Ready to start adding arm balances to your yoga routine?
If you’re just beginning your arm balance practice, it’s important to start simple. While beginner arm balance poses are challenging, they also allow you to explore the key components of most arm balances, which are core activation, muscle control, and letting go of fear of falling. Bakasana (a.k.a. the Crane Pose) is a beginner-friendly arm balance pose that will teach you the basics you can use to advance your arm balances over time. The Crane Pose allows for the opportunity to find strength and balance through your arms and core, and will teach you how to activate certain muscle groups to hold these balances.
Below are the yoga poses you can try to build your body up to the full Bakasana.
By Jessie Wren
Utkatasana – Chair Pose
This posture starts to warm up the core, while still allowing you to feel grounded. Start in this posture by feeling the abdominal engagement when you lengthen the tailbone down. As you tuck the tailbone, feel your abdomen start to fire up – this is the feeling you want when you begin to lift into Bakasana.
Navasana – Boat Pose
Navasana is another great posture to strengthen the abs and help you find your balance. Start with your seat on the floor and start by lifting your legs in the air. The next step is to lift your arms up by your side and straightening through your spine. Hold this posture for thirty seconds and feel your lower abdominals ignite. If you can hold this posture for at least 30 seconds, you are ready to move on to the next pose.
Supta Bakasana – Reclined Crane Pose
This is a great posture to feel the exact core engagement you need once you are in the arm balance. Start by lying on your back and squeeze your knees as high up your arms toward your armpits as you can. Flex your toes and push your arms up toward the ceiling. This posture is one of my favorites for students who still have fear of getting up in the arm balance.
Bakasana Variation – Crane Pose Kickstand
Once you start feeling more comfortable with attempting the arm balance, start on your tiptoes. Bring your knees toward your armpits and start shifting your weight forward. Keep looking as far forward as you can and try to feel the same abdominal engagement you felt in the previous postures. Once you feel your body weight tipping forward, try lifting your right foot off the floor and see how that feels. Then switch feet and maintain awareness of your lower abdominal muscles. Having this kickstand is helpful for students who are scared of shifting too far forward.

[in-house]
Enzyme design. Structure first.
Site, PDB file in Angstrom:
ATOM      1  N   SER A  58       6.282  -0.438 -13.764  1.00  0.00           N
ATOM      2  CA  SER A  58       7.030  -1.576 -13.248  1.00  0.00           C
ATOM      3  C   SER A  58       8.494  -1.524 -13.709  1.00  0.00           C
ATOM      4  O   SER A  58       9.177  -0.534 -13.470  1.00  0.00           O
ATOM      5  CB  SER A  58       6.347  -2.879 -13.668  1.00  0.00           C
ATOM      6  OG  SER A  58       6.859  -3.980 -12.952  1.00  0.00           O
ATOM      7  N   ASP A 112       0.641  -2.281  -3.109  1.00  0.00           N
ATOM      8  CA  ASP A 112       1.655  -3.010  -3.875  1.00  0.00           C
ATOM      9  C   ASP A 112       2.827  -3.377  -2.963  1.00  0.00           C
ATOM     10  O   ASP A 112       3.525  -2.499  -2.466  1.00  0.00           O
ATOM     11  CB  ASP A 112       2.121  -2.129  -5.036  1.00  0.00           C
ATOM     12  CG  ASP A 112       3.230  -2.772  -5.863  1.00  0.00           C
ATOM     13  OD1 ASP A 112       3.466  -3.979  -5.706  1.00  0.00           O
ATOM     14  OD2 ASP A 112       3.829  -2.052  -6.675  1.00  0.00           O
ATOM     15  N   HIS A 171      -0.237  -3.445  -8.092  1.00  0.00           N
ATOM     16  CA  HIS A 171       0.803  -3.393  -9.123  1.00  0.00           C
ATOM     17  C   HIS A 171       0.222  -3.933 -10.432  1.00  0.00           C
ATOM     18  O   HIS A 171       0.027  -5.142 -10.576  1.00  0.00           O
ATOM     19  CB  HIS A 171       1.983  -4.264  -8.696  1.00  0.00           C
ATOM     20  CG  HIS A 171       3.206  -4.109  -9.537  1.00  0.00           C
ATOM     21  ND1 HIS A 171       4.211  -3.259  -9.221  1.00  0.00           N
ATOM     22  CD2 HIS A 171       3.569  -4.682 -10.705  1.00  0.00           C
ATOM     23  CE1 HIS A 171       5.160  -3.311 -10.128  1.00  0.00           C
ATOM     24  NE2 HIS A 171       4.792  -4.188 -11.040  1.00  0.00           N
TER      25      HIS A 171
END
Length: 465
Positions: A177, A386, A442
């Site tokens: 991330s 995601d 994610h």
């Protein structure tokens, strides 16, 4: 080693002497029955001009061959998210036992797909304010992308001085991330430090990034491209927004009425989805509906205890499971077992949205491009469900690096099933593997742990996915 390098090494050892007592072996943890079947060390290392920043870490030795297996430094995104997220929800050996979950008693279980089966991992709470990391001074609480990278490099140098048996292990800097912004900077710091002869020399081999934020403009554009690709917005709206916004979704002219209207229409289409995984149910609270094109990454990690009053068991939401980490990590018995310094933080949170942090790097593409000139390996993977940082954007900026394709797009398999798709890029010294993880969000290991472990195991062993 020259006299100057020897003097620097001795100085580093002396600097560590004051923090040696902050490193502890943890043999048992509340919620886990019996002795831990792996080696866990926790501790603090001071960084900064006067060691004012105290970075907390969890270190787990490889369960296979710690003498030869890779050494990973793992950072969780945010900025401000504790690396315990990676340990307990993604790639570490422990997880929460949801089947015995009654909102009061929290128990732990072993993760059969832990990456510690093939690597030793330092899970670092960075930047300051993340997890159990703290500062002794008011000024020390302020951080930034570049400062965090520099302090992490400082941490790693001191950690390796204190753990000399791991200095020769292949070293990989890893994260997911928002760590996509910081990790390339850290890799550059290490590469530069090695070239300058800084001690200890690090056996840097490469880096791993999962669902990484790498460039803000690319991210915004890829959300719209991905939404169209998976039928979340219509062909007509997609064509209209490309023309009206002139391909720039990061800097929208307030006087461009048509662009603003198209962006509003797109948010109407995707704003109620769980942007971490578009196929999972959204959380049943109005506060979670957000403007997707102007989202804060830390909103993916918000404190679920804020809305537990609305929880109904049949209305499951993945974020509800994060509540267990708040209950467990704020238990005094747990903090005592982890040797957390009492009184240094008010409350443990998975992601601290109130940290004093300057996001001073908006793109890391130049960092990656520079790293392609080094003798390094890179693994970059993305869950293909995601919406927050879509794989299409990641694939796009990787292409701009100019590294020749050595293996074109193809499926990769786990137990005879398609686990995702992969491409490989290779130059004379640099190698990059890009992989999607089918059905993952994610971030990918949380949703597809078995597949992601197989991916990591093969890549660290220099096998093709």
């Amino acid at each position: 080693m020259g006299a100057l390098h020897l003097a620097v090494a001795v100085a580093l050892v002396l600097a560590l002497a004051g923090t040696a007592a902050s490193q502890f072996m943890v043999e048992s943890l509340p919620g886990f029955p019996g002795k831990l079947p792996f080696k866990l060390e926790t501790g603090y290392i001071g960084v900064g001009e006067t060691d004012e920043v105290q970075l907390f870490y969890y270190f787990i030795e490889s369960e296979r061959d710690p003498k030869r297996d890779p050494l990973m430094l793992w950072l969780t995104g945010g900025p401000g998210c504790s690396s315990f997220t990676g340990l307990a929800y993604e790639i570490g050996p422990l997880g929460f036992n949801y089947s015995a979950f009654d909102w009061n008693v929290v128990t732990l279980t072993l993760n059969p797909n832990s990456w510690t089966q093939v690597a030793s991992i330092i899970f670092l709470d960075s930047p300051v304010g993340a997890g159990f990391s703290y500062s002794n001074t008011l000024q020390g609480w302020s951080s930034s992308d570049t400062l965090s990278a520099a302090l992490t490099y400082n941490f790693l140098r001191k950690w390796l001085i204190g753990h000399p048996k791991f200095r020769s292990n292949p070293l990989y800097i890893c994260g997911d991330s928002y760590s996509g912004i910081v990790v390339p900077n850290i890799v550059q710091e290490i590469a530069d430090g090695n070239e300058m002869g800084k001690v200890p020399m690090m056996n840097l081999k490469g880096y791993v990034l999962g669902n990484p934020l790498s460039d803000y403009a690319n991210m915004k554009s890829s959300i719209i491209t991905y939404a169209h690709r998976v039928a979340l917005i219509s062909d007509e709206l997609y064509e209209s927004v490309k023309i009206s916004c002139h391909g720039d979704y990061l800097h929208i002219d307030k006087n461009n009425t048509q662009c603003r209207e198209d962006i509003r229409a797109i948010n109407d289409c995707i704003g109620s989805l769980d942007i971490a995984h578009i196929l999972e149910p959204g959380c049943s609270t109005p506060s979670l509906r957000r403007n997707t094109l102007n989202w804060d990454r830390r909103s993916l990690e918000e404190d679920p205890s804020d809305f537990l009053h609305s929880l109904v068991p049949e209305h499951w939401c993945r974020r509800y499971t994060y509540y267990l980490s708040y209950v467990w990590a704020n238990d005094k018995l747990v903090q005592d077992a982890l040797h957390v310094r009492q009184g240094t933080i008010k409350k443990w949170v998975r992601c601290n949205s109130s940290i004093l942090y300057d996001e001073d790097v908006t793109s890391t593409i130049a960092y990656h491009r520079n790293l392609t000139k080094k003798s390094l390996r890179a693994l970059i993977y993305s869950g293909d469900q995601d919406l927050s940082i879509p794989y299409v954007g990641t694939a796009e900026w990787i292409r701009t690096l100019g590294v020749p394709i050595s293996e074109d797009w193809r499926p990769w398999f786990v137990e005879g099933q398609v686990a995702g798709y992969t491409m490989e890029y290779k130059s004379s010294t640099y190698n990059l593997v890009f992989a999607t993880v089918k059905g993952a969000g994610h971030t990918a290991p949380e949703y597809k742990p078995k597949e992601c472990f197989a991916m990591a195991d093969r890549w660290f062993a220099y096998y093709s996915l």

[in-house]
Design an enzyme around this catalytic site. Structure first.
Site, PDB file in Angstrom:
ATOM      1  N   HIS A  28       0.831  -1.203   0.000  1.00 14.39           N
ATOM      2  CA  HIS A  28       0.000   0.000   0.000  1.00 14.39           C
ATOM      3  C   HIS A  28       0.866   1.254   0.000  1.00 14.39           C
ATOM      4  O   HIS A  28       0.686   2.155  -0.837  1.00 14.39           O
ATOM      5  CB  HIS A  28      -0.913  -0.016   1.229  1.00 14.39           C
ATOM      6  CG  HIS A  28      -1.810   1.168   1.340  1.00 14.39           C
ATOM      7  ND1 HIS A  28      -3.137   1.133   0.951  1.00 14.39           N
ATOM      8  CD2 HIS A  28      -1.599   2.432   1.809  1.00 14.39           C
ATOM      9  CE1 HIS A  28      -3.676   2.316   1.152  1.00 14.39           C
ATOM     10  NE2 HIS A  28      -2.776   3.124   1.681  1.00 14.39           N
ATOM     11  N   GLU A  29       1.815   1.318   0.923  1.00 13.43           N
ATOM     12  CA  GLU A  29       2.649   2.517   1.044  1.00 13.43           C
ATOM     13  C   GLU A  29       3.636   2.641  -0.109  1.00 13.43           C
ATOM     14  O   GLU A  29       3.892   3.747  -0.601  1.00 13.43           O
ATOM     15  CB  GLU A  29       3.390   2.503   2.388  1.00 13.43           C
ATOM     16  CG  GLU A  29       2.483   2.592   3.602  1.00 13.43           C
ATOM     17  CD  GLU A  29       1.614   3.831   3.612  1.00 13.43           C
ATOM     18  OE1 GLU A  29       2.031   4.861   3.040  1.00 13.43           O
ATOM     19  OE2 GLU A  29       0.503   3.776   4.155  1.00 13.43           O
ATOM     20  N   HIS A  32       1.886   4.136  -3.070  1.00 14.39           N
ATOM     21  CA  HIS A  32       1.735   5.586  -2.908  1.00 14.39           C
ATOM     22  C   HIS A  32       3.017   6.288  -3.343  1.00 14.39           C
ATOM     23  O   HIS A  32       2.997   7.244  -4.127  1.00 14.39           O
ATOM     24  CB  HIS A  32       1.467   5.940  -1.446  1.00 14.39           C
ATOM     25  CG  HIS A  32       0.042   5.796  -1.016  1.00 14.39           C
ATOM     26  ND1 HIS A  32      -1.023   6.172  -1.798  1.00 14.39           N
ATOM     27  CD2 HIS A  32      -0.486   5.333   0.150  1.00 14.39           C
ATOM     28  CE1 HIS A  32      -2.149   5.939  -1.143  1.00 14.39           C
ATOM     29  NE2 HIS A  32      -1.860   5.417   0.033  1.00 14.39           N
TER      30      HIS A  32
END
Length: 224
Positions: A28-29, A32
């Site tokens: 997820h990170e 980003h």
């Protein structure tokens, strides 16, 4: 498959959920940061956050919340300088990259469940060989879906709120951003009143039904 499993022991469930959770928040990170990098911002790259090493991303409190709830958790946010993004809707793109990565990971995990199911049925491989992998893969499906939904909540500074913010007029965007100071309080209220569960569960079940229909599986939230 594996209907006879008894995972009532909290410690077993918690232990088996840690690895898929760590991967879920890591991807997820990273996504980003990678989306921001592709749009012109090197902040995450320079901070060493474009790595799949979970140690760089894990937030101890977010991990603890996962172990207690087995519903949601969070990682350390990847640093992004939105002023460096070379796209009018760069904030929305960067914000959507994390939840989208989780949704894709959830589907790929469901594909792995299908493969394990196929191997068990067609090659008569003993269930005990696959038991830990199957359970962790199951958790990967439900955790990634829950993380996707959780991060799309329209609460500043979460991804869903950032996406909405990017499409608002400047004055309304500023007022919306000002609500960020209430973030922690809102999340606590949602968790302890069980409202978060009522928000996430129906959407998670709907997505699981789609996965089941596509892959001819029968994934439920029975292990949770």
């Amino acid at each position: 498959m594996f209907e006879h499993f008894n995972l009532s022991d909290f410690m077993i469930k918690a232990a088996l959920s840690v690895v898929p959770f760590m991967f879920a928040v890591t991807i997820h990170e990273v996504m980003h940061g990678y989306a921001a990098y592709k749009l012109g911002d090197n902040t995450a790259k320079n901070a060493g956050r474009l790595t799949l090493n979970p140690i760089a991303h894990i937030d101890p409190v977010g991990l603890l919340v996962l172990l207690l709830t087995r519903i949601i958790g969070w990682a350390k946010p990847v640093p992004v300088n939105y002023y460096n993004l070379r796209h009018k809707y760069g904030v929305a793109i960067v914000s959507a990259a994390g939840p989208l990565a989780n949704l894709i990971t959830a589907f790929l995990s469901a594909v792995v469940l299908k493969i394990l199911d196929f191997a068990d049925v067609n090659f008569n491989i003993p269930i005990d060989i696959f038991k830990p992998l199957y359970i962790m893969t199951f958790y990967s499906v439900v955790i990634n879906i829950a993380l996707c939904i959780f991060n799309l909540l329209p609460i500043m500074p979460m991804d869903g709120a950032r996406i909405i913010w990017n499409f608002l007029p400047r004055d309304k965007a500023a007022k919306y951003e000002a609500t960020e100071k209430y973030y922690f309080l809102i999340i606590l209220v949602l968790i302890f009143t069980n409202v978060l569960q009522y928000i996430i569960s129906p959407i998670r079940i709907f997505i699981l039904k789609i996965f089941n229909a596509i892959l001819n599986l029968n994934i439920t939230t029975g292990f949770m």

Supported Bakasana – Supported Crane Pose
Once you are ready to start flying both your feet off the ground, use a block as a marker of how far forward you need to shift. Blocks are wonderful props to get in the habit of using with many arm balances because most students aren’t aware of just how far forward you need to go to find the balance. A good measurement for the block is a foot in front of your hands. Try to avoid bringing all your weight to your forehead in this posture – instead, try to find an equilibrium in your core.
Bakasana – Crane Pose
Once you have conquered the previous steps, you are now ready for Bakasana – congratulations! This is a challenging and sometimes “scary” posture because you have to focus your body weight more forward than we are typically used to. If you do fall in this posture, keep in mind that you are only a foot off the ground.
To find the balance in Bakasana, you have to shift your body forward and keep looking as far forward as you can. If you start to feel “wobbly” or off balance, try playing with your weight in your fingertips. Also, keep in mind that you have to really round your upper back (similar to Cat pose) to find the correct muscle engagement.
All images courtesy of YogiApproved.com.
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